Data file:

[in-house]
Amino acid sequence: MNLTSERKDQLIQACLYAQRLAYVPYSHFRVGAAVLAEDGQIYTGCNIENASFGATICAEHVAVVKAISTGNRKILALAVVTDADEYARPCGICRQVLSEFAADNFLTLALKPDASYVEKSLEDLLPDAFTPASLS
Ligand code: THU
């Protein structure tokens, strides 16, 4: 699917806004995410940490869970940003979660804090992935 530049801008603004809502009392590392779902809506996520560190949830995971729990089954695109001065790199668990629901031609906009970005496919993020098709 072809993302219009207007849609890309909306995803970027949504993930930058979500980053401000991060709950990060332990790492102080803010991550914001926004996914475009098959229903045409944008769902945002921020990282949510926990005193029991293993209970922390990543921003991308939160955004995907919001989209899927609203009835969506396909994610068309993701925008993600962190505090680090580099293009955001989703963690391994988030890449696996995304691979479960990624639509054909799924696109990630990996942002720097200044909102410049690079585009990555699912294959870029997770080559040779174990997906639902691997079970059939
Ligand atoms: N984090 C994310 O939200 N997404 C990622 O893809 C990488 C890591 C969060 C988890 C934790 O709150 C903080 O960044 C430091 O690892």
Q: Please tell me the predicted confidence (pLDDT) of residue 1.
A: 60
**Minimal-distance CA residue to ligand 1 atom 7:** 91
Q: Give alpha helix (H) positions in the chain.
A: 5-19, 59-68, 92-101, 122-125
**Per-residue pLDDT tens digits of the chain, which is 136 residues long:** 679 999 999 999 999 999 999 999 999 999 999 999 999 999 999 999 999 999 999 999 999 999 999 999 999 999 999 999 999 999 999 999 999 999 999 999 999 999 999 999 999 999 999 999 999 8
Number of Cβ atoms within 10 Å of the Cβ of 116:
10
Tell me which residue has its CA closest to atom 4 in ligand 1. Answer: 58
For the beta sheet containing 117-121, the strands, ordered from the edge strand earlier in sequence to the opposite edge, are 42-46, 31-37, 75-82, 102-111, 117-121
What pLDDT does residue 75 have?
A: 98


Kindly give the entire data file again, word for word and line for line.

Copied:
[in-house]
Amino acid sequence: MNLTSERKDQLIQACLYAQRLAYVPYSHFRVGAAVLAEDGQIYTGCNIENASFGATICAEHVAVVKAISTGNRKILALAVVTDADEYARPCGICRQVLSEFAADNFLTLALKPDASYVEKSLEDLLPDAFTPASLS
Ligand code: THU
């Protein structure tokens, strides 16, 4: 699917806004995410940490869970940003979660804090992935 530049801008603004809502009392590392779902809506996520560190949830995971729990089954695109001065790199668990629901031609906009970005496919993020098709 072809993302219009207007849609890309909306995803970027949504993930930058979500980053401000991060709950990060332990790492102080803010991550914001926004996914475009098959229903045409944008769902945002921020990282949510926990005193029991293993209970922390990543921003991308939160955004995907919001989209899927609203009835969506396909994610068309993701925008993600962190505090680090580099293009955001989703963690391994988030890449696996995304691979479960990624639509054909799924696109990630990996942002720097200044909102410049690079585009990555699912294959870029997770080559040779174990997906639902691997079970059939
Ligand atoms: N984090 C994310 O939200 N997404 C990622 O893809 C990488 C890591 C969060 C988890 C934790 O709150 C903080 O960044 C430091 O690892």
Q: Please tell me the predicted confidence (pLDDT) of residue 1.
A: 60
**Minimal-distance CA residue to ligand 1 atom 7:** 91
Q: Give alpha helix (H) positions in the chain.
A: 5-19, 59-68, 92-101, 122-125
**Per-residue pLDDT tens digits of the chain, which is 136 residues long:** 679 999 999 999 999 999 999 999 999 999 999 999 999 999 999 999 999 999 999 999 999 999 999 999 999 999 999 999 999 999 999 999 999 999 999 999 999 999 999 999 999 999 999 999 999 8
Number of Cβ atoms within 10 Å of the Cβ of 116:
10
Tell me which residue has its CA closest to atom 4 in ligand 1. Answer: 58
For the beta sheet containing 117-121, the strands, ordered from the edge strand earlier in sequence to the opposite edge, are 42-46, 31-37, 75-82, 102-111, 117-121
What pLDDT does residue 75 have?
A: 98